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Present : Fisher C.J. and Drieberg J.
SILVA v. GOONESEKERE.169—D. C. Galle, 2,446.
Appeal—Failure to sign security bond—Notice of appeal not given—Irregularity—Civil Procedure Code, s. 756—Ordinance No. 42 of1921, s. 2.
Where a party appellanthasfailed to givenoticea! appeal
or to sign the security bond,—
Held, that the appellantwasnot entitled, toreliefunder the
amendment to section 766 of the Civil Procedure Code introducedby Ordinance No. 42 of 1821.
The amending Ordinancehasno applicationwherethere has
been a substantial non-compliance with the provisions of thesection.
PPEAL from a judgment of the District Judge of Galle.
A preliminary objection was taken to the appeal on the
ground of non-compliance with the provisions of section 756 of theCivil Procedure Code.
Croon, da Brera (with E. C. E. de Soysa), for plaintiff, respondent.—The appeal is not properly constituted. The security bond has beenexecuted before notice of security was served on all parties. .Noticehas been given out of time. There is no order of Court acceptingsecurity. The bond has not been signed by all the appellants.Notice of appeal has not been given at all. Counsel cited Kanganyv. Ramasatny Rajah1, de Silva v. Madduma Appu2, Andrewv. Abdul Latiff 3, and Kandappen v. Elliot. *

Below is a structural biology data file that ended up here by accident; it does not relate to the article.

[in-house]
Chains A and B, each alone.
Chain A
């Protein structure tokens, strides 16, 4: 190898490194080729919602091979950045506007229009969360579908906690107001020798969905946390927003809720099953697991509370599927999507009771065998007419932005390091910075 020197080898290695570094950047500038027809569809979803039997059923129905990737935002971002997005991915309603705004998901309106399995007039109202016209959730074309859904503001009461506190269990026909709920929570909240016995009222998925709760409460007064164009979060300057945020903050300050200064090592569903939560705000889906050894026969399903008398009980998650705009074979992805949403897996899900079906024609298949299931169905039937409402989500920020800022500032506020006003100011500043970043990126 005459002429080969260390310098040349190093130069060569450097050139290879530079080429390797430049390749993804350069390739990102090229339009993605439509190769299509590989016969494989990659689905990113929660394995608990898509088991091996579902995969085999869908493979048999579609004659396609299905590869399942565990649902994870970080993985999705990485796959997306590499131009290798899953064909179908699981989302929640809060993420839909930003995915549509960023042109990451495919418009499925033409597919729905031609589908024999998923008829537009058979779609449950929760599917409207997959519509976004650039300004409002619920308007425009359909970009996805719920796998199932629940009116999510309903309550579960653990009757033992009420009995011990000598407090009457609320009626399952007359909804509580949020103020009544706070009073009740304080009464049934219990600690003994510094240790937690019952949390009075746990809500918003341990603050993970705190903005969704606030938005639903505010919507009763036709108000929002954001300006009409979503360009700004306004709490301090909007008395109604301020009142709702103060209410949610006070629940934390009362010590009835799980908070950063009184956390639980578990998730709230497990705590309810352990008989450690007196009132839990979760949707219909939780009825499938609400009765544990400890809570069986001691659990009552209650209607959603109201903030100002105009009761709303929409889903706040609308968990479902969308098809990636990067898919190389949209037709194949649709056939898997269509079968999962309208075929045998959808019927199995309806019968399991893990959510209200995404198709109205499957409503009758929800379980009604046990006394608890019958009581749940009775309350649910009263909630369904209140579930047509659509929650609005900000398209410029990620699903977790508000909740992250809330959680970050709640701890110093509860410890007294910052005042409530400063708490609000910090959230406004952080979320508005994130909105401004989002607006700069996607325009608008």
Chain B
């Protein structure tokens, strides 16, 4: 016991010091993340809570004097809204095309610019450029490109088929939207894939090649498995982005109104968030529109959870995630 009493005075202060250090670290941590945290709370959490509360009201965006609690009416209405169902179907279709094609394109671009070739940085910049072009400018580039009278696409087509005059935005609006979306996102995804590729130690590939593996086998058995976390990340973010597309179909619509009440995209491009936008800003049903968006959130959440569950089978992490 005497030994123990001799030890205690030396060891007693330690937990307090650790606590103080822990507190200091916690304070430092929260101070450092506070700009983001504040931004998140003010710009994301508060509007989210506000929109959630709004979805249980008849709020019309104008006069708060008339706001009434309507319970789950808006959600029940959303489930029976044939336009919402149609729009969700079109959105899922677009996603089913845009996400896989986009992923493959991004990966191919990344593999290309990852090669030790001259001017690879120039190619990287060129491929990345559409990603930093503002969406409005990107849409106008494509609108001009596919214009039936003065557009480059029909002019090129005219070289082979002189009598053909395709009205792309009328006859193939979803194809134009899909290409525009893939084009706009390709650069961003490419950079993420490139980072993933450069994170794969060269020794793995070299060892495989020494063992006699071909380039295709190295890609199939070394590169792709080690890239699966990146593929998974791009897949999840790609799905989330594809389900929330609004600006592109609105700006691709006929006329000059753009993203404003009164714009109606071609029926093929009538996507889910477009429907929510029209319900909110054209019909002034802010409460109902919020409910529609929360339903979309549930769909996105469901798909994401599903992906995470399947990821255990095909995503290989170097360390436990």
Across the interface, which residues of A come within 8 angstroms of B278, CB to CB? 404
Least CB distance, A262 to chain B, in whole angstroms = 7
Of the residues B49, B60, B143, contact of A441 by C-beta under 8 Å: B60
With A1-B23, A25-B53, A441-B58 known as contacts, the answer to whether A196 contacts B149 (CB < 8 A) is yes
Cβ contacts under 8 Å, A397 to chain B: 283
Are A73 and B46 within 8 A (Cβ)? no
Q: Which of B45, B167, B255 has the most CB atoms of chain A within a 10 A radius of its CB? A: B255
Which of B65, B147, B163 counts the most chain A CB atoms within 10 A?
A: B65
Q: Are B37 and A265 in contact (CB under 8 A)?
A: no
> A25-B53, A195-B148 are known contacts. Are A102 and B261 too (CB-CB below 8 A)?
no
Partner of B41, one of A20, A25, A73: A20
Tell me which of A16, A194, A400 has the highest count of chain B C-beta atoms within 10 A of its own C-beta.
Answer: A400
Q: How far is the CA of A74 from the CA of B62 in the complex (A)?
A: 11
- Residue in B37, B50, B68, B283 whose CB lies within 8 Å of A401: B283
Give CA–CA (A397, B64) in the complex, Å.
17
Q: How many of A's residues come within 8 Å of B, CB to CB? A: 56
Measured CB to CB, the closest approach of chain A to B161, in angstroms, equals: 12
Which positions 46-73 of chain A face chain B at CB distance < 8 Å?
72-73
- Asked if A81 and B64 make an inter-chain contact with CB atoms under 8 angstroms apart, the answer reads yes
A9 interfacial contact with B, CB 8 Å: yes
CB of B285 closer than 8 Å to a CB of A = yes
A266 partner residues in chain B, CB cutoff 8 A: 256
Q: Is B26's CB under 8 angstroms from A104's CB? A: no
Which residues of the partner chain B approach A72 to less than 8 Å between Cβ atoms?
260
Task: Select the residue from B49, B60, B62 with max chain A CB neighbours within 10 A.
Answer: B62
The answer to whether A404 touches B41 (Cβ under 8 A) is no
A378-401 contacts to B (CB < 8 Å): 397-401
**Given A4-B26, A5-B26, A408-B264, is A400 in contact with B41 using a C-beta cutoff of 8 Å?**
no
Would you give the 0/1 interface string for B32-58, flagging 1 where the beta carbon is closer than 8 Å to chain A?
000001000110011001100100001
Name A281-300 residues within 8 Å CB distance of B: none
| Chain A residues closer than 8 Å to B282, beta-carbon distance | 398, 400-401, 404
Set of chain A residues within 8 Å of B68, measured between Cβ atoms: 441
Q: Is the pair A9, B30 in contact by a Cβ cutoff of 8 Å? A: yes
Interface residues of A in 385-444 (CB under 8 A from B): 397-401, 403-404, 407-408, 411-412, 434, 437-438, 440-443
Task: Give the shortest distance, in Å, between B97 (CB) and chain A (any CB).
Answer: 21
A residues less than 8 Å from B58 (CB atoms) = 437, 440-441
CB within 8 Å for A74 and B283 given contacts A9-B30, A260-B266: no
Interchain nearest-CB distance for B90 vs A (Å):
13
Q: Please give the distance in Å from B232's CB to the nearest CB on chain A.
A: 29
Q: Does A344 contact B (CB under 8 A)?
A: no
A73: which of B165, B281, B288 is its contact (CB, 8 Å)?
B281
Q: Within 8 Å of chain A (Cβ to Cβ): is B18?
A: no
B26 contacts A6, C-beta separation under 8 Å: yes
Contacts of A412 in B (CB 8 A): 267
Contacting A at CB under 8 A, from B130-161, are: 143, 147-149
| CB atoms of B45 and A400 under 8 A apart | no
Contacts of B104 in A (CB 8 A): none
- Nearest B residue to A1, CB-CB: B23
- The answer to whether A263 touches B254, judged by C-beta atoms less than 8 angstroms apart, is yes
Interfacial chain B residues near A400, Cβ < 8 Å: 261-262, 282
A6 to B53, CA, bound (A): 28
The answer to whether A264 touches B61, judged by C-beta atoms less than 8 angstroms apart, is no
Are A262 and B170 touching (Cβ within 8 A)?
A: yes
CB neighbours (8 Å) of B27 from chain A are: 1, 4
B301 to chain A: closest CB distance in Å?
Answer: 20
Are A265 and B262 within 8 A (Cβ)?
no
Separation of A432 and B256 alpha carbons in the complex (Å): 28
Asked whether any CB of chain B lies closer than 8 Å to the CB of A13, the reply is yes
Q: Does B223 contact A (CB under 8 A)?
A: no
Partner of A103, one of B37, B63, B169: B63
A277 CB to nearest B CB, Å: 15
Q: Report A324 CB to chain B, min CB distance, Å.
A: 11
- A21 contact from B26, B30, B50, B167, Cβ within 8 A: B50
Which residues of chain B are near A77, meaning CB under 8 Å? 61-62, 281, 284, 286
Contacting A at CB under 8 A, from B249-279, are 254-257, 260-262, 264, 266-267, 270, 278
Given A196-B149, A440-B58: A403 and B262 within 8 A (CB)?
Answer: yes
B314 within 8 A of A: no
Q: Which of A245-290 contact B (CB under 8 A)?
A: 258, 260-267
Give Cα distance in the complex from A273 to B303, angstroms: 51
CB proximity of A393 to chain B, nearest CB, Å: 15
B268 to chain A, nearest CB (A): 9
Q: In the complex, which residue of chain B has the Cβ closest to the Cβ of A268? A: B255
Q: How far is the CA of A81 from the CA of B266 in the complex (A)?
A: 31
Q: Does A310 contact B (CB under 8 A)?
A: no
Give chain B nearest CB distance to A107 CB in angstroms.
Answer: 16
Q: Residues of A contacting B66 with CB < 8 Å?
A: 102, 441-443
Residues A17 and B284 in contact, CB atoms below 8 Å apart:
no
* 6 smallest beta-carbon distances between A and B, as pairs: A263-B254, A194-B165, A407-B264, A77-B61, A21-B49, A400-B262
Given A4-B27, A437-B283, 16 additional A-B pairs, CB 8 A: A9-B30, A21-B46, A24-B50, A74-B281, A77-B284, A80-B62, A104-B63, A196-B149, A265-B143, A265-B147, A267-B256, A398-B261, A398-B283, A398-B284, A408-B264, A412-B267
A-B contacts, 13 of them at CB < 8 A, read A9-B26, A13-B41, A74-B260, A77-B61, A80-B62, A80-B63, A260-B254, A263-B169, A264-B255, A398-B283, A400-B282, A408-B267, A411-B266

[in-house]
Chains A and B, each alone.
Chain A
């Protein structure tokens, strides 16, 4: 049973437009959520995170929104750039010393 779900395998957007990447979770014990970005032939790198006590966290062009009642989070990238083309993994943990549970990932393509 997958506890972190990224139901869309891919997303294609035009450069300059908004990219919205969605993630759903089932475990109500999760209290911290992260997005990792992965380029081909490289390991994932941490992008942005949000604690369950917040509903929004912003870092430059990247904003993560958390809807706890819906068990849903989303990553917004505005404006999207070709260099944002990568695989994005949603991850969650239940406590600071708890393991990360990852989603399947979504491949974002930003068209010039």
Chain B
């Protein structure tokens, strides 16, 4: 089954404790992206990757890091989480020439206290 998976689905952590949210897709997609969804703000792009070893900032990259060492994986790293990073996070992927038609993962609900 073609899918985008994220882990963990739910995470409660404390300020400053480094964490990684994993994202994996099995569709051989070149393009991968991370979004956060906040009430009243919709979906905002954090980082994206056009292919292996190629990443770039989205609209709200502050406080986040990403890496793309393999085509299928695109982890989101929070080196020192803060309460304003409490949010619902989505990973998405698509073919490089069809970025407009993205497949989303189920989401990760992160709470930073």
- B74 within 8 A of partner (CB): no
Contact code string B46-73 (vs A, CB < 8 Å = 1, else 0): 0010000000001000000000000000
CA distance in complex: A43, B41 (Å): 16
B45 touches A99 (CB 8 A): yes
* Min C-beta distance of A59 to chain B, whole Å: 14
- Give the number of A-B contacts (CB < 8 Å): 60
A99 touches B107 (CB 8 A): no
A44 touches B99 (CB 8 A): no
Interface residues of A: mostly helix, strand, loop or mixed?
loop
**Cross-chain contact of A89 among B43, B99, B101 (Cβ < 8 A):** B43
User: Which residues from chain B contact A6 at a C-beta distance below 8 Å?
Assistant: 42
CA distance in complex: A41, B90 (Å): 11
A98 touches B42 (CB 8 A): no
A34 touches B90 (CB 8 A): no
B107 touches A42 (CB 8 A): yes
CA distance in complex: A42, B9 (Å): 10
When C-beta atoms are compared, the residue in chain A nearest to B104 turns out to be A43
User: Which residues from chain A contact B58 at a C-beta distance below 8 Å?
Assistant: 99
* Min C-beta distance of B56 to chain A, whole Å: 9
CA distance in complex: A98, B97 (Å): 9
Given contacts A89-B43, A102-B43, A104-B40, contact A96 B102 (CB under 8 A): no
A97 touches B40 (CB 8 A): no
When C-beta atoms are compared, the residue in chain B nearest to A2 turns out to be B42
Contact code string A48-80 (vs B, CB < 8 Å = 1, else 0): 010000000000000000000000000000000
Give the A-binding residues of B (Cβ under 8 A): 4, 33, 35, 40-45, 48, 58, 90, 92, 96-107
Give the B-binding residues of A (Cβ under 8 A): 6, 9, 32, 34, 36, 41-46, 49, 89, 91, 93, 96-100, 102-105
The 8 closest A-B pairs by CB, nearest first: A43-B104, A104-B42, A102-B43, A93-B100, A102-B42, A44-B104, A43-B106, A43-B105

N. E. Weerasooria (with Rajapakse ), for defendants, appellants.—The appellants had issued the notice of security within time. Itis not necessary that the notice should be served within time. An
1 (1918) 21 N. L. R. 106.* (1919) 6 C. W. R. 31.
* (1917) 4 G. W. R. 210.* (1892) 2 C. L. R. 17.
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order had been made by the District Judge to forward the recordto the Supreme Court. The issuing of the notice of appeal wastherefore rendered impossible- The cases cited were decided beforethe amendment to the Civil Procedure Code was made in 1921.The Supreme Court has now the power to grant relief in a case likethis. Counsel cited Mendis- v. Jinadasa1.
Croos da Brera, in reply contended that no sufficient groundhad been put forward for the granting of relief. The delay hasnot been explained.
November 25, 1929. Fisher C.J.—